Like so many others, SEPTA had a rough 2016.
Fiscal Year 2016, that is, which ended June 30th—before the Silverliner V crisis sidelined a third of its Regional Rail fleet and the transit strike shut down city services for six days. SEPTA lost hope for a better new year months ago.
Even without those reasonable explanations for fewer passengers, SEPTA ridership decline by four million rides, or about two percent less than FY 2015.
Most of that loss came from the city’s buses, where ridership fell 3.1 million, or two percent, to 155.4 million in FY 2016. Trolley ridership also took a big hit, carrying 1.38 million fewer customers — a drop of nearly five percent (including the suburban Routes 101 and 102, ridership was down 914,000 across just the city trolleys).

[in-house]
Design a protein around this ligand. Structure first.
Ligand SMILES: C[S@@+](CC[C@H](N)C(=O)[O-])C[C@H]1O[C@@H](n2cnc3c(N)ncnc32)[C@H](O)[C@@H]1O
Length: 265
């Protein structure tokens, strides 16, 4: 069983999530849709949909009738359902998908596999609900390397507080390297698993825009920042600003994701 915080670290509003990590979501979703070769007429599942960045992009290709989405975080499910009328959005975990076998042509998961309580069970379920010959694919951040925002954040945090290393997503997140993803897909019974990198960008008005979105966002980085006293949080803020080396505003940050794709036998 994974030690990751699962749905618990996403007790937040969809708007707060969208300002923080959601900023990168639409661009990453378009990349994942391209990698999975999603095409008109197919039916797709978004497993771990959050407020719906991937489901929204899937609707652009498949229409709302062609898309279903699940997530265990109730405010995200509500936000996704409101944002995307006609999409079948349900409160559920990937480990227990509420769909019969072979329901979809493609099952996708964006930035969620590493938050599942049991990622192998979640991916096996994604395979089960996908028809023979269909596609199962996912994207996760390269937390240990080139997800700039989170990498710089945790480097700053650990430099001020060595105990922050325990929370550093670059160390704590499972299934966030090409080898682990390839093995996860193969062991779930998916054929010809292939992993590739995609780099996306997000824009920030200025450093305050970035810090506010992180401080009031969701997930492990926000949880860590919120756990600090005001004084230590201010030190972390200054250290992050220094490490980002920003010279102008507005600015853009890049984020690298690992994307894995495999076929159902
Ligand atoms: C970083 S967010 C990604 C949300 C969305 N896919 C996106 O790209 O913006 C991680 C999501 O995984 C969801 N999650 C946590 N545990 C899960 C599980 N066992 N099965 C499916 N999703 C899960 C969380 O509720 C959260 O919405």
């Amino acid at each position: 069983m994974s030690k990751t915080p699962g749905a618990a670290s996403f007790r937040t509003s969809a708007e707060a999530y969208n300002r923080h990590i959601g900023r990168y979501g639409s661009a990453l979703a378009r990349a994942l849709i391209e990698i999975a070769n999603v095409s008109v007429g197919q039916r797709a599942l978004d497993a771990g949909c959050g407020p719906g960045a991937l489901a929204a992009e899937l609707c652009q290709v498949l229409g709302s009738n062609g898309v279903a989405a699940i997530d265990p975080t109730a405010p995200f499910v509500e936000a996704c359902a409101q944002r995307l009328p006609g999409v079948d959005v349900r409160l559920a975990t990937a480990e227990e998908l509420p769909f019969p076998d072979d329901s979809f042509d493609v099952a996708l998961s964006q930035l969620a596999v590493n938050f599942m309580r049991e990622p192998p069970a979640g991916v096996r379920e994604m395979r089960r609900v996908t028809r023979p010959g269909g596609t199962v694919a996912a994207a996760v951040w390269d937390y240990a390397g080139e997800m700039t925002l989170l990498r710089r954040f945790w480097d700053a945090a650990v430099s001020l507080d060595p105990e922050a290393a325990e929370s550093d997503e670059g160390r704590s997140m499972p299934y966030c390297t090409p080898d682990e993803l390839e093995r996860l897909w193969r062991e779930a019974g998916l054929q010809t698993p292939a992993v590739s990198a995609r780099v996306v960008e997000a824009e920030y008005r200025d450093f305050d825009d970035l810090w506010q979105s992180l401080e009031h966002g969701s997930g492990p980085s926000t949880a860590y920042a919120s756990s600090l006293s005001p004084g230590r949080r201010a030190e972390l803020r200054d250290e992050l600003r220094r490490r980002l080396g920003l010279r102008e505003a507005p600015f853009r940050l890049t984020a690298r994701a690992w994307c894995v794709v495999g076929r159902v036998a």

There is no single reason why Philadelphians shunned buses and trolleys last year, and it’s too early to tell if this was a one time blip or the start of a long-term dip, said Greg Krykewycz, associate director of transportation at the Delaware Valley Regional Planning Commission.* And whatever the causes are, they’re not just affecting SEPTA: local bus ridership is down nationally.
According to American Public Transportation Association (APTA) data, bus ridership was down 3.1 percent over the first half of 2016 compared to the first half of 2015. At the same time, commuter rail and subway ridership showed small increases nationally and remained relatively stable for SEPTA.
Compared to other public transit options, buses are used more for short trips—the kind of trips that ride-hailing companies like Uber and Lyft tend to make, said Krykewycz. Instead of taking a bus a mile or two, riders might hail a ride through a transportation network company (TNC).